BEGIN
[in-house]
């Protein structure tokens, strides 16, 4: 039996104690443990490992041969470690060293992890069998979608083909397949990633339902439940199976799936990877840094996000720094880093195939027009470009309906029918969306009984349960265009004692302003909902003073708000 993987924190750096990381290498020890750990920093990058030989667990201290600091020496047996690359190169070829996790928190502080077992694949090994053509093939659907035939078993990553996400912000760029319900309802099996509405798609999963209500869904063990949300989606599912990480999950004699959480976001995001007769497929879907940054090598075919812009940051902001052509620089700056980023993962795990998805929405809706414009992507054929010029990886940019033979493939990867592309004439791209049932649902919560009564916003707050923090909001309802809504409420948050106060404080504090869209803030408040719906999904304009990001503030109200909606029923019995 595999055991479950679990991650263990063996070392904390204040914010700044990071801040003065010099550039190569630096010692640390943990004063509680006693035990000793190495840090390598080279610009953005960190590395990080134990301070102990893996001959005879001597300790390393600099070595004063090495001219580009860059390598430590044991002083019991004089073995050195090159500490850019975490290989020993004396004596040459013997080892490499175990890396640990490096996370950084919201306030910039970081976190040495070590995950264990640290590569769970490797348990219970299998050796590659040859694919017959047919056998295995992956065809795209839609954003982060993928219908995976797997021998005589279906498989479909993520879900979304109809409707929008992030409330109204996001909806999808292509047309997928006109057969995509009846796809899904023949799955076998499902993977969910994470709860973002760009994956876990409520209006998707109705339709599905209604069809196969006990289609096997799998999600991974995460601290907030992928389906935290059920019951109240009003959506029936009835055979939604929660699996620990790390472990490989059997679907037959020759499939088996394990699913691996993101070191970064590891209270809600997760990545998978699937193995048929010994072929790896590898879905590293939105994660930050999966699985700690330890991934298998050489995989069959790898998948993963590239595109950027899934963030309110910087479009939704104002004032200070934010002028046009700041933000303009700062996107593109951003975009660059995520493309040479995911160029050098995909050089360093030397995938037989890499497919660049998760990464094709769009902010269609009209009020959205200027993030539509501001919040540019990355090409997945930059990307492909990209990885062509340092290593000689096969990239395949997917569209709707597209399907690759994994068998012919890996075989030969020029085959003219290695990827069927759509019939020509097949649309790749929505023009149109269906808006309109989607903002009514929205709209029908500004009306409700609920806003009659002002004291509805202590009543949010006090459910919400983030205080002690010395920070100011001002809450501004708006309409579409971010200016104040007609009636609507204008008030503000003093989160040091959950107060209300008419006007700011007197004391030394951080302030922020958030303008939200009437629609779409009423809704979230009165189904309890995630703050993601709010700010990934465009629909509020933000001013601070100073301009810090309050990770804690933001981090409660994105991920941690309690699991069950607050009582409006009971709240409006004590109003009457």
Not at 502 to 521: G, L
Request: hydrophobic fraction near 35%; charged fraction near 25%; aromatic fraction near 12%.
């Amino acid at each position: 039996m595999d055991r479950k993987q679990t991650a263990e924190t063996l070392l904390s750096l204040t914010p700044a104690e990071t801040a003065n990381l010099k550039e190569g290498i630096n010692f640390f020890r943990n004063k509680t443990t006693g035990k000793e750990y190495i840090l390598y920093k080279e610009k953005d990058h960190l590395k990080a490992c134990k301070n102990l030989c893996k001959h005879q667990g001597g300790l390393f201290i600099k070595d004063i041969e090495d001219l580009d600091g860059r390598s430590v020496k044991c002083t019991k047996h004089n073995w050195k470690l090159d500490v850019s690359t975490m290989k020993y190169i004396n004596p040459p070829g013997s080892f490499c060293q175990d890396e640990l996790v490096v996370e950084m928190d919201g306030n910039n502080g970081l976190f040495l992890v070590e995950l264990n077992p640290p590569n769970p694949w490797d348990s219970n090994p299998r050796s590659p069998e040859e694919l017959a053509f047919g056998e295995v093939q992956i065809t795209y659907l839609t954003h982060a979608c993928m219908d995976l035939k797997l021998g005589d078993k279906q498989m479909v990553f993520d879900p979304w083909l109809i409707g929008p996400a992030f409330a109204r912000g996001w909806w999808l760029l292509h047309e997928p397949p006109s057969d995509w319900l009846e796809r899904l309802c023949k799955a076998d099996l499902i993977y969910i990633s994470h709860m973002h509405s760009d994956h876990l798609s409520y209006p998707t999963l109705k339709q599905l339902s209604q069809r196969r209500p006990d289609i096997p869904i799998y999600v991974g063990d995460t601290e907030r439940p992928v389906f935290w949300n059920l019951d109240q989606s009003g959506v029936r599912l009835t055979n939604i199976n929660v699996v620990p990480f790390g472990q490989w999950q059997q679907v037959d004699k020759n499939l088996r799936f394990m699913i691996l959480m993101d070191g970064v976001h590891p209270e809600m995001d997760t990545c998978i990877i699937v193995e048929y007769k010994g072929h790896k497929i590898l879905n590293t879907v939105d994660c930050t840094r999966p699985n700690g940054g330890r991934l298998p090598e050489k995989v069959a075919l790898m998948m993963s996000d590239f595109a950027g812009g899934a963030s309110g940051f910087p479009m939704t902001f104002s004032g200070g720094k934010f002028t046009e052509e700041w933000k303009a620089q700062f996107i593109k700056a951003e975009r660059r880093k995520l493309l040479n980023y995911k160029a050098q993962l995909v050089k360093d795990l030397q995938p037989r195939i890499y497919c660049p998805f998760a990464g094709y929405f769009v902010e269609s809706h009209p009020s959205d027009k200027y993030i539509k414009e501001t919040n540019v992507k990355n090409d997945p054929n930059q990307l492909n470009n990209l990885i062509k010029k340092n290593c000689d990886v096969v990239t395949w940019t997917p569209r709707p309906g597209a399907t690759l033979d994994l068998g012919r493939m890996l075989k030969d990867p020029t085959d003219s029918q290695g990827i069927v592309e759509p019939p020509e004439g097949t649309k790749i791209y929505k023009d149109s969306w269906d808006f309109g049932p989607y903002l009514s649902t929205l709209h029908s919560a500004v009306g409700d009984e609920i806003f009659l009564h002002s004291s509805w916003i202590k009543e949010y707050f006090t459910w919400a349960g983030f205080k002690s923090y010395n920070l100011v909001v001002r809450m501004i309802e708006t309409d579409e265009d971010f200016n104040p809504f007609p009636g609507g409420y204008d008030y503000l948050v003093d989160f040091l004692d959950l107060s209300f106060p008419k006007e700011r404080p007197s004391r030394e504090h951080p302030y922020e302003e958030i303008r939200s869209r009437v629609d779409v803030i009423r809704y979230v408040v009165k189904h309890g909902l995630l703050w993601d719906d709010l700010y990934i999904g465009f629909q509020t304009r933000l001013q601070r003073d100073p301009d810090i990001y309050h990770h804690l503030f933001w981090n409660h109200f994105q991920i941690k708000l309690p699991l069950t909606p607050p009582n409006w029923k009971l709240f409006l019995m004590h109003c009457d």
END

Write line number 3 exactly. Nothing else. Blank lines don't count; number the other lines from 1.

Not at 502 to 521: G, L